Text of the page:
You must allow for housing, meals, travel and other personal expenses during vacation breaks. If you would like to remain in collegiate housing during part or all of a long break, the cost will be covered by Arcadia University. Only full-year students are eligible for housing over the Christmas holiday. Queen's University of Belfast students will be responsible for making their own arrangements with the accommodations officer. Arcadia University will cover this expense. If an invoice arrives at your room in error, please forward it to the Arcadia University Dublin office. You may be asked to change rooms. If you do not wish to remain in residence over the term break, you may be asked to store your belongings. Storage areas will be available to you. Students in Arcadia University housing may remain in their housing during vacation at no extra charge.
Most students travel during vacation breaks. You should be able to do it cheaply, if you stay in hostels, buy groceries, and take advantage of rail discounts and overnight travel. For travel on the Continent, you may want to get a Eurail Youthpass (if you don't buy it before you leave the US, your family will have to get it for you and send it to you). Eurail also offers a combination pass which allows students to travel by train and rental car. This option is most cost effective if three or four students plan to travel together. Students who live in Europe for more than six months are eligible to buy an Inter rail pass, which is similar to Eurail but less expensive. You can purchase the Inter rail pass only in Europe, so investigate that option after you arrive in Ireland. To get an idea of what you may spend, buy (or borrow) a recent copy of Let's Go Europe or Lonely Planet and use the prices listed there as a rough guide.
Your estimate for return travel will depend on the city of departure and the city of arrival. Remember to budget for your rail fare back to Dublin or Shannon airport. If you don't buy your return ticket before you leave for Ireland, make sure to take enough money or a credit card with you to purchase the ticket overseas. Returning students also suggest pricing airfare through USIT offices. USIT is the student and youth travel company, specializing in independent travel. USIT was established in 1959 as the Union of Students in Ireland. Seventeen booking offices around Ireland provide a wide range of travel options and flexible fares. There are USIT offices in Dublin, Coleraine, Cork, Belfast, Derry, Galway and Limerick.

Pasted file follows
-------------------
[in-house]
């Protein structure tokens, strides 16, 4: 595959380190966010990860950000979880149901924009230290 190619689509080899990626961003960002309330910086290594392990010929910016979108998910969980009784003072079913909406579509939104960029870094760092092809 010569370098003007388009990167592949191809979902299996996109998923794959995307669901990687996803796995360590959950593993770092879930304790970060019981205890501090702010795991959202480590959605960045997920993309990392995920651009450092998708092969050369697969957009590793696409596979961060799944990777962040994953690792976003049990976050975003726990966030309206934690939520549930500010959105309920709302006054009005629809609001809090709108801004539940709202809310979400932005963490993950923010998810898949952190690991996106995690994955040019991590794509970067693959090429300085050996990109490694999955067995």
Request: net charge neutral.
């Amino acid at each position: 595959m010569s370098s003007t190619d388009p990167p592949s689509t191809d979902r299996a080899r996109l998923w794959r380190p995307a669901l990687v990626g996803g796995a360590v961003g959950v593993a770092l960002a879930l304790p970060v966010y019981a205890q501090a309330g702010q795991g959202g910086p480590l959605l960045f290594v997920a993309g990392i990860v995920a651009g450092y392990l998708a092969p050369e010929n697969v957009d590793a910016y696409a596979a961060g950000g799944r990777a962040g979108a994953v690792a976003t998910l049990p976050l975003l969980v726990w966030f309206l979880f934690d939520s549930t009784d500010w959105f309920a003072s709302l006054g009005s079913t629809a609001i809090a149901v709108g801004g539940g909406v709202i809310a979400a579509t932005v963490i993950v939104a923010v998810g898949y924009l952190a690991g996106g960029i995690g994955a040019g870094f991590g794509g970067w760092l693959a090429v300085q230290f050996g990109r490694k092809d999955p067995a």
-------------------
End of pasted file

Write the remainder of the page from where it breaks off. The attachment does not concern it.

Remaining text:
Helping You Budget
We have included a budget worksheet so you can work through the figures and arrive at a bottom line. Be sure to do this with your family if they are paying for all or part of your trip. You and your family need to agree on a reasonable budget before you depart.
Some Helpful Hints
Make both weekly and daily budgets and stick to them. Keep most of your funds in a bank account or interest-bearing savings account -- or at least in large denomination travelers checks which you will think twice about before cashing.
If you're not on a meal plan, prepare your own food or eat in the college refectory. If you eat out, eat your main meal at noon, rather than in the evening when restaurant prices are higher. Shop for groceries in street markets or major chain supermarkets. Avoid the smaller convenience stores. Share food shopping and cooking with one or more other students. Take food with you on any long train ride; food served in the dining car is expensive. Plan your entertainment and recreational activities around the availability of free, inexpensive and discounted events.
Take care of your belongings and safeguard your travelers checks, cash and passport. Pick-pocketing is common in the large cities which are frequented by tourists. Write down the numbers of your travelers checks and make a photocopy of the document page of your passport (make sure you keep this information in a separate, safe place). Don't plan to buy many books. Irish students rely almost exclusively on the libraries. You may want to bring a few books on your intended subject since books are much more expensive in Ireland.